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Feds Order Tougher Pipeline Tests

A grizzly bear wanders around Deadhorse, Alaska Thursday Aug. 10, 2006. Scraped out of the marshy tundra some 260 miles north of the Arctic Circle, Deadhorse houses hundreds of workers that service the Prudhoe Bay and other North Slope oil fields. (AP Photo/Al Grillo)
AP
Federal regulators ordered BP PLC to conduct more rigorous tests of oil pipelines Thursday as the company said it might keep nearly half of the nation's largest oil field open despite leaks and severe corrosion.

The Department of Transportation ordered four daily surveys of all pipelines as BP announced it might not have to shut down its entire Prudhoe Bay operations. BP said it would comply with the order.

The eastern side of the field was closed Tuesday after a small spill, but about 140,000 barrels of oil continued to flow Thursday from the western side, said Craig Wiggs, a performance unit leader for BP. Before the company started shutting down operations, the field produced 400,000 barrels a day.

If the western side kept flowing, that would mean the company would be able to maintain the daily 140,000-barrel capacity - and possibly ramp up to 185,000 barrels - while work continues on the eastern side.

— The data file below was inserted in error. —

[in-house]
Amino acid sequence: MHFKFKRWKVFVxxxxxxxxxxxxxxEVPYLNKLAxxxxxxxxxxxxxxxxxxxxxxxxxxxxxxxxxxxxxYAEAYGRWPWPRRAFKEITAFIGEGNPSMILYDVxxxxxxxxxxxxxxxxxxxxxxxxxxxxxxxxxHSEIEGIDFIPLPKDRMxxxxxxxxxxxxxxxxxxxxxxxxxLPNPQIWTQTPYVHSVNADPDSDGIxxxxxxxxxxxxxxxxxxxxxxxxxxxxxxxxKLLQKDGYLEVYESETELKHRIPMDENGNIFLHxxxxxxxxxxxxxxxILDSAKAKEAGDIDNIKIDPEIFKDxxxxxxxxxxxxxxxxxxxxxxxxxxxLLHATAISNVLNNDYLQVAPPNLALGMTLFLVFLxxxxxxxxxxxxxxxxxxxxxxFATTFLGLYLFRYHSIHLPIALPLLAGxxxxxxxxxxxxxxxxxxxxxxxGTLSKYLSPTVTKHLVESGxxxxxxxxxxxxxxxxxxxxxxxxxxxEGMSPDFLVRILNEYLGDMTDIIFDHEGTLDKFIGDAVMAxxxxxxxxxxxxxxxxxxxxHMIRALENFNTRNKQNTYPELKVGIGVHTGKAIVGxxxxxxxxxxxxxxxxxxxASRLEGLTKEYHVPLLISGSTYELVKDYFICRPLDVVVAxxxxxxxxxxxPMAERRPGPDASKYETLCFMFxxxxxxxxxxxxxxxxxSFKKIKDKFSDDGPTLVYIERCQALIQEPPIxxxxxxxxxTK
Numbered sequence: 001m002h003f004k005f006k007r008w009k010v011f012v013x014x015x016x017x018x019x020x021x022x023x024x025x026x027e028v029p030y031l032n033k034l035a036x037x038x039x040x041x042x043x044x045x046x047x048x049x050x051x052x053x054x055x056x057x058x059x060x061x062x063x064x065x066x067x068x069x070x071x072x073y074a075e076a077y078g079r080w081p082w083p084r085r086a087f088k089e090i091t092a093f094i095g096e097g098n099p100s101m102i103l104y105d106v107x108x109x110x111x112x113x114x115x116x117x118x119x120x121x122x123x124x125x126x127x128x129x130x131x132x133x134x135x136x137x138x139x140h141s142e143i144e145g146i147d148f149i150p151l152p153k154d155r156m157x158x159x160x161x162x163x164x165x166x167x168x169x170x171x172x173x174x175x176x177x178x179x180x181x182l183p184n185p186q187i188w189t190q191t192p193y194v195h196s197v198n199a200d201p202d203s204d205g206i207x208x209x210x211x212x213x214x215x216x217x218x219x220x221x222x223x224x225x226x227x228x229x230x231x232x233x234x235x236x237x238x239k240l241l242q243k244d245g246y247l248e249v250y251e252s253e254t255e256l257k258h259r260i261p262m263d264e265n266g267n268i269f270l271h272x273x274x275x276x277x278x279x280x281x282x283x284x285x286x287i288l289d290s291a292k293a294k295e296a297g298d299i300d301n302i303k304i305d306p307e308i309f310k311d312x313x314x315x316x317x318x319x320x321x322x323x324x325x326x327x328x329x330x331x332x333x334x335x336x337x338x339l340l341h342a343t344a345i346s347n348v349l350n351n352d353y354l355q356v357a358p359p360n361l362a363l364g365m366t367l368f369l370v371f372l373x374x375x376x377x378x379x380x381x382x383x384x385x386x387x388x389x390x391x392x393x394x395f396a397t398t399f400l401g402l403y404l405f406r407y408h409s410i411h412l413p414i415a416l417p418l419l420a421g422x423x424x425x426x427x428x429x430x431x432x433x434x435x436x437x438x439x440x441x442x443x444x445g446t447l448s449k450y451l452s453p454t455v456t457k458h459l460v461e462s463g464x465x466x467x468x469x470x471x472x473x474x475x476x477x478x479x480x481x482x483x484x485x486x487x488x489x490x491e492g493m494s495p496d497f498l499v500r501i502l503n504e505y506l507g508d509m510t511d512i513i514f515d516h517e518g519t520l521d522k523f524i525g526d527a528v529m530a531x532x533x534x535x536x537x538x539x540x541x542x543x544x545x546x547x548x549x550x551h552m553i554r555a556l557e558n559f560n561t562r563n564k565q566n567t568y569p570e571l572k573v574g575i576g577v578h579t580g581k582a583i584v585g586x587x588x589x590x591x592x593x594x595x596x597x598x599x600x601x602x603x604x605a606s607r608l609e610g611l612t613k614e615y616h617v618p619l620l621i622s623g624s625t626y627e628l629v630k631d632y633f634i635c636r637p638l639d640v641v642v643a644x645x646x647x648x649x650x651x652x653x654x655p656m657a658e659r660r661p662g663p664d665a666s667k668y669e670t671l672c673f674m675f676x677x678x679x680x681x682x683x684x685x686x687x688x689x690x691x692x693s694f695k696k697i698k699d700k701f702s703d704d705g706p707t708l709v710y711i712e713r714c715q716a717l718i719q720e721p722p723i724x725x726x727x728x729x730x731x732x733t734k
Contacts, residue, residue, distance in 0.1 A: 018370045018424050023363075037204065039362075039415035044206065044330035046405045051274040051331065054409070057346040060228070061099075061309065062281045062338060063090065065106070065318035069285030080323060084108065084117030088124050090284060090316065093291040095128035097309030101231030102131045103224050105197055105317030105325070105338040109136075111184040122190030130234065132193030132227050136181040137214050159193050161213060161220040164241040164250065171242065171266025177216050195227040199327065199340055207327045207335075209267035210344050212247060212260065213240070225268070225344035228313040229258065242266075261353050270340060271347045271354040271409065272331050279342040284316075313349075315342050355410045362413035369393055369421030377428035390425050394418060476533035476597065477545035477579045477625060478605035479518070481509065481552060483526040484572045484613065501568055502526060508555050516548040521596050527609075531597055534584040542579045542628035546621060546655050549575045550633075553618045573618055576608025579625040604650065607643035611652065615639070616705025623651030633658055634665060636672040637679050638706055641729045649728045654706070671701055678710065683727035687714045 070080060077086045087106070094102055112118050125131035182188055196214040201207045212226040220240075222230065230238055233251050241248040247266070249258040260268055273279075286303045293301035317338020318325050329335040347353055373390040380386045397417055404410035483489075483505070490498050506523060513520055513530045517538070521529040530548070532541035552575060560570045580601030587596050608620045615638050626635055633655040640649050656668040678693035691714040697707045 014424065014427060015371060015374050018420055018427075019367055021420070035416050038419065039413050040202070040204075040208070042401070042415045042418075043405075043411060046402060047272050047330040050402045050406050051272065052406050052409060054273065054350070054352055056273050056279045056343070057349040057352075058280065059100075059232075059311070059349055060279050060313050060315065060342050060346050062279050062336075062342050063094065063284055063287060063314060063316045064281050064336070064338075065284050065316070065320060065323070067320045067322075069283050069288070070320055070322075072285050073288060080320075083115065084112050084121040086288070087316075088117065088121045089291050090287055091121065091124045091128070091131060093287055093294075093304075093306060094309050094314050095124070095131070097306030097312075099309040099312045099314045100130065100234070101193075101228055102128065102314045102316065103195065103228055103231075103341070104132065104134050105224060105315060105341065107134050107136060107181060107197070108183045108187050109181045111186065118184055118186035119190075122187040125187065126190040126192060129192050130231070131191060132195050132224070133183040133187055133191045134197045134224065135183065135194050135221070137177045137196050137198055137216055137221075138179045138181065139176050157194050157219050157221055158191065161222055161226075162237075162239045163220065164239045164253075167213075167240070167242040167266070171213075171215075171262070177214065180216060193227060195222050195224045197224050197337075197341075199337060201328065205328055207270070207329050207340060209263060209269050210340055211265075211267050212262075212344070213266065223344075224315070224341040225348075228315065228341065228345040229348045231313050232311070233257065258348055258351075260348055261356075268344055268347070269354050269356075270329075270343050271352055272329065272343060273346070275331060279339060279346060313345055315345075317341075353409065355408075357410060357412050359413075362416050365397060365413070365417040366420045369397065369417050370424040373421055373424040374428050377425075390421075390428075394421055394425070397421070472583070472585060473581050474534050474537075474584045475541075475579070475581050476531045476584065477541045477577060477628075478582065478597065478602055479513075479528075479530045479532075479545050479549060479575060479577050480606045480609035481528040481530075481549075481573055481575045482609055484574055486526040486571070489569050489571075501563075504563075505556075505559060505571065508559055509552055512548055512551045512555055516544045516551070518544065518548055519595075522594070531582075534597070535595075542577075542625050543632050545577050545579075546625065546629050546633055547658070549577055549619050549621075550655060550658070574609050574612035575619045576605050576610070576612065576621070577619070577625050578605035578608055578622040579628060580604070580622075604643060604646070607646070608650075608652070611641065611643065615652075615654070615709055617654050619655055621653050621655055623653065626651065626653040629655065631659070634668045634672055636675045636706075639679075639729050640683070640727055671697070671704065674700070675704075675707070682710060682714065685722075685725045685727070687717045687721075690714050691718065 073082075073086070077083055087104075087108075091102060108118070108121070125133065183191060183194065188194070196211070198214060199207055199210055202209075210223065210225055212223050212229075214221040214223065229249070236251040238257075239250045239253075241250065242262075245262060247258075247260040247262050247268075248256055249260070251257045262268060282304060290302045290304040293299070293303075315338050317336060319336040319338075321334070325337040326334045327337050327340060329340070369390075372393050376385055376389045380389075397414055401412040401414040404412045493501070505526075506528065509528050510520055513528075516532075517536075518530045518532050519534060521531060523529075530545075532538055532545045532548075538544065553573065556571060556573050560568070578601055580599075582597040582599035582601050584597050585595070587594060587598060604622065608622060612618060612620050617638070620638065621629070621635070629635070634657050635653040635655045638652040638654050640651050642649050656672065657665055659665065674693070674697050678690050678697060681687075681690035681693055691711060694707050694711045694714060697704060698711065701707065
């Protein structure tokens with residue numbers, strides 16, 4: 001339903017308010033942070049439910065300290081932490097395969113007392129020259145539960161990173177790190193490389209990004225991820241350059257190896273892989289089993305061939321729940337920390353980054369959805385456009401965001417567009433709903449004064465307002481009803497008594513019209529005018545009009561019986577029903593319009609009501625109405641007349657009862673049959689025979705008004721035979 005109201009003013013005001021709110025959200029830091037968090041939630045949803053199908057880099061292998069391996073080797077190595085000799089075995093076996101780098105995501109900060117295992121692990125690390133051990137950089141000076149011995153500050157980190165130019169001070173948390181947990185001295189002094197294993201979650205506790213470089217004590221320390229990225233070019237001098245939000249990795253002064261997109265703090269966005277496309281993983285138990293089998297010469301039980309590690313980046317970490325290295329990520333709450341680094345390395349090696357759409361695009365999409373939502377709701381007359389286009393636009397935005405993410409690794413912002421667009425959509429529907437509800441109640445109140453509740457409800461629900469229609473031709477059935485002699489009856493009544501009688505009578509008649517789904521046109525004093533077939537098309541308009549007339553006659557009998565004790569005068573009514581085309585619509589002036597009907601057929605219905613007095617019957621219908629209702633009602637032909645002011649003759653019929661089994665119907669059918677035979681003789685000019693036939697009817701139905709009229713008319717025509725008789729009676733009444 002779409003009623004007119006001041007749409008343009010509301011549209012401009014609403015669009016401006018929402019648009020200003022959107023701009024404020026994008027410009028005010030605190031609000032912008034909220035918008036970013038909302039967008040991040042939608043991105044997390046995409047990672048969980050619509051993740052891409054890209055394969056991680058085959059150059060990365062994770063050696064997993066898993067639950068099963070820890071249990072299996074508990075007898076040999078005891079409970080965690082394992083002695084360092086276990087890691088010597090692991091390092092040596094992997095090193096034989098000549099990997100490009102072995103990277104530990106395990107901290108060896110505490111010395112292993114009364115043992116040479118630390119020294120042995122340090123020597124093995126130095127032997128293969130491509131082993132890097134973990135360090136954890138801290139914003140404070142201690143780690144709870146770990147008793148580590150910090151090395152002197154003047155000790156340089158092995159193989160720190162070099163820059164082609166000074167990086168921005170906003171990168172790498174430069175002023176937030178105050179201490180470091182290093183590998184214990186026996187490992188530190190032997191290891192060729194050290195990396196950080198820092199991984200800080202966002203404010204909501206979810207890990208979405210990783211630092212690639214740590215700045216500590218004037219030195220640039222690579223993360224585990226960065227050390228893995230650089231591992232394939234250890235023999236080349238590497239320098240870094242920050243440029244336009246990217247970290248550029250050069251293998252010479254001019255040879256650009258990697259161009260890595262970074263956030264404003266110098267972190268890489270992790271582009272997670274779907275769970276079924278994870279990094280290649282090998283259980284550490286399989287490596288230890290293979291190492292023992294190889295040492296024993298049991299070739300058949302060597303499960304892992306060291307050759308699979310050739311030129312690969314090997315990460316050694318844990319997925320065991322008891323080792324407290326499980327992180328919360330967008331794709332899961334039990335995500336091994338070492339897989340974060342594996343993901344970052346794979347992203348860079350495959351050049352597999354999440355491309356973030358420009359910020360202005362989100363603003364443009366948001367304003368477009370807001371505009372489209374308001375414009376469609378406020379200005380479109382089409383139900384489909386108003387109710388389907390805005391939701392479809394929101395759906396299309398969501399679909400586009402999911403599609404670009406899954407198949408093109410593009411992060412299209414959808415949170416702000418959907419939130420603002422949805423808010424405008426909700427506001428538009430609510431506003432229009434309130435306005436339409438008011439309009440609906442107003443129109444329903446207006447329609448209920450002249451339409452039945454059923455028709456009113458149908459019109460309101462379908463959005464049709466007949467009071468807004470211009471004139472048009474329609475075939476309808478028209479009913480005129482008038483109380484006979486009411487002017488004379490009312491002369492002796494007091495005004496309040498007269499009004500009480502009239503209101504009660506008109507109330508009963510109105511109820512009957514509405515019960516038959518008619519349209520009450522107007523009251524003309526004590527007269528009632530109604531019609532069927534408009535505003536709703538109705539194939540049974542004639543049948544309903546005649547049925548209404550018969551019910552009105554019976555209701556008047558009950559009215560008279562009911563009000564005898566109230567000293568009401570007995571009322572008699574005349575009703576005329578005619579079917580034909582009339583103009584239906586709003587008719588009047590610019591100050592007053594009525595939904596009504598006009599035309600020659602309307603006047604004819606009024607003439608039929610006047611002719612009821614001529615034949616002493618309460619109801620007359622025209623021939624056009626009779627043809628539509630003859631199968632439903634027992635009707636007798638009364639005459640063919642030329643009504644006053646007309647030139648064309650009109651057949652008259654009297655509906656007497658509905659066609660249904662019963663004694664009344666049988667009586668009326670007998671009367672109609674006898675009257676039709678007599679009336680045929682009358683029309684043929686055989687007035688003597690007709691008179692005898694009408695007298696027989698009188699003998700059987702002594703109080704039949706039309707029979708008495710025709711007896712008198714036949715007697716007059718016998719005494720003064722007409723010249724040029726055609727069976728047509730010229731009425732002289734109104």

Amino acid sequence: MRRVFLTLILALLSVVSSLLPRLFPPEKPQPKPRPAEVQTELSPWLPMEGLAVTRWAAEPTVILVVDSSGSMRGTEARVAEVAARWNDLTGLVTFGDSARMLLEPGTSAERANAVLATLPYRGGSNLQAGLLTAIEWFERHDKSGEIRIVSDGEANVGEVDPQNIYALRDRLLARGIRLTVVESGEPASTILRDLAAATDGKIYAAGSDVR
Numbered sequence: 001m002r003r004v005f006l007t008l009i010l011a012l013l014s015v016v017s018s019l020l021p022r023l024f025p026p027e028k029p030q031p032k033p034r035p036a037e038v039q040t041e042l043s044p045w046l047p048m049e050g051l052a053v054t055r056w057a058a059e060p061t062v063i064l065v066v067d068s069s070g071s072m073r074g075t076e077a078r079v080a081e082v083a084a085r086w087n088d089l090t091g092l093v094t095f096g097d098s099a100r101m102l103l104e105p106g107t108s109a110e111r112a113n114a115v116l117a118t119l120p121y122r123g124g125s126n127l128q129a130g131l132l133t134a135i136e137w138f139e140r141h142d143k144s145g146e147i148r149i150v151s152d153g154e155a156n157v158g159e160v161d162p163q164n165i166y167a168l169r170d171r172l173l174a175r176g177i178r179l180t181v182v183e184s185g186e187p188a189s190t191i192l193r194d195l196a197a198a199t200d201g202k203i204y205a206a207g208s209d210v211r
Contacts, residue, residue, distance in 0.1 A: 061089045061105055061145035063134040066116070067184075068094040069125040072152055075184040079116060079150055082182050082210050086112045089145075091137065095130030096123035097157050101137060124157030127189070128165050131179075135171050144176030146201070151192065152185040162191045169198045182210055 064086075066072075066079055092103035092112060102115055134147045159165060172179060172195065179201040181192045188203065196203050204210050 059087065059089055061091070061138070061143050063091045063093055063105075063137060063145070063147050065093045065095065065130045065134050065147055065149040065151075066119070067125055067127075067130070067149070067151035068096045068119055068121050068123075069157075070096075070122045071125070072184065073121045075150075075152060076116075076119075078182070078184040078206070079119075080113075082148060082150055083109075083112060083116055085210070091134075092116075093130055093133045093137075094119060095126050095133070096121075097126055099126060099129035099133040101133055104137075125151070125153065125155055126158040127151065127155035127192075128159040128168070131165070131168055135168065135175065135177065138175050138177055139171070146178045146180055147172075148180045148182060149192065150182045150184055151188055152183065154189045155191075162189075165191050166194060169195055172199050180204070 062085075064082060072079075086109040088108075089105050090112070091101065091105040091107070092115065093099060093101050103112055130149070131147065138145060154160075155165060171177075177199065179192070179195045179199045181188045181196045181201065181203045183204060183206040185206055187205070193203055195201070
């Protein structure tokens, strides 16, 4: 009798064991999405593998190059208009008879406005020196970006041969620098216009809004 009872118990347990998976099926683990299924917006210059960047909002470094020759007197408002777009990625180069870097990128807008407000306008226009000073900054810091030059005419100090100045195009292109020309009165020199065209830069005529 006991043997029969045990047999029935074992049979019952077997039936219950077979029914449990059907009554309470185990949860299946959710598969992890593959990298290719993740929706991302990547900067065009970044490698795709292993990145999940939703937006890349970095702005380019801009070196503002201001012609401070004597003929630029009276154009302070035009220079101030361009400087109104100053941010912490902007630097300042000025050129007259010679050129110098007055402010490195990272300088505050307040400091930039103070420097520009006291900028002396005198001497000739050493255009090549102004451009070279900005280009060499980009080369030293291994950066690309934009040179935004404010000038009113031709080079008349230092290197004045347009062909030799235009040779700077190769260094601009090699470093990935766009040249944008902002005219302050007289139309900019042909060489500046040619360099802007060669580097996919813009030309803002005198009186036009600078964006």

But in order to keep that oil flowing, BP must strip insulation from the pipes and conduct ultrasonic testing, the department's Pipeline and Hazardous Materials Safety Administration said.

The test will give a picture of the pipe's health that is similar to a sonogram, typically used to view a fetus in the womb. The company also will be required to use heat-seeking infrared equipment to detect leaks and must visually inspect by foot, car or plane all 22 miles of transit lines.

The company must also pass inspections before restarting its eastern operation.

Steve Marshall, president of BP Exploration Alaska, said the company was assessing Thursday what needs to be done to keep the operation going. A decision on whether to continue operations at its western field will be made early next week.

Wiggs said the company had initially decided to shut down the entire field because the leak on the eastern side made officials question their earlier inspections throughout the pipeline. But now, Wiggs said, the company was rethinking whether it could keep the western line open.

"It's a line we have the best confidence in," Wiggs said. "We've spent lots of time inspecting it in March, April and May after the spill."

The long-term plan would still be to replace the pipeline on the west side, which is where the company discovered a massive spill of up to 267,000 gallons in March.

BP also said it takes full responsibility for the lack of upkeep that led to the severe corrosion and shutdown.

"BP is the operator of the field. We're ultimately responsible," said Kemp Copeland, manager of the Prudhoe Bay oil field.

BP has a contract with Canadian company Acuren to provide corrosion inspections. The eastern side of the Prudhoe Bay pipeline had not undergone a high-tech inspection called "smart pigging" since 1992, although the western side had undergone the check in 1998 and was scheduled for the test this summer.

Acuren officials did not immediately return several messages late Thursday. The Acuren companies are subsidiaries of Rockwood Service Corp., headquartered in Greenwich, Conn.

BP workers on Thursday used ultrasound to listen for signs of thinning walls in the carbon steel pipe.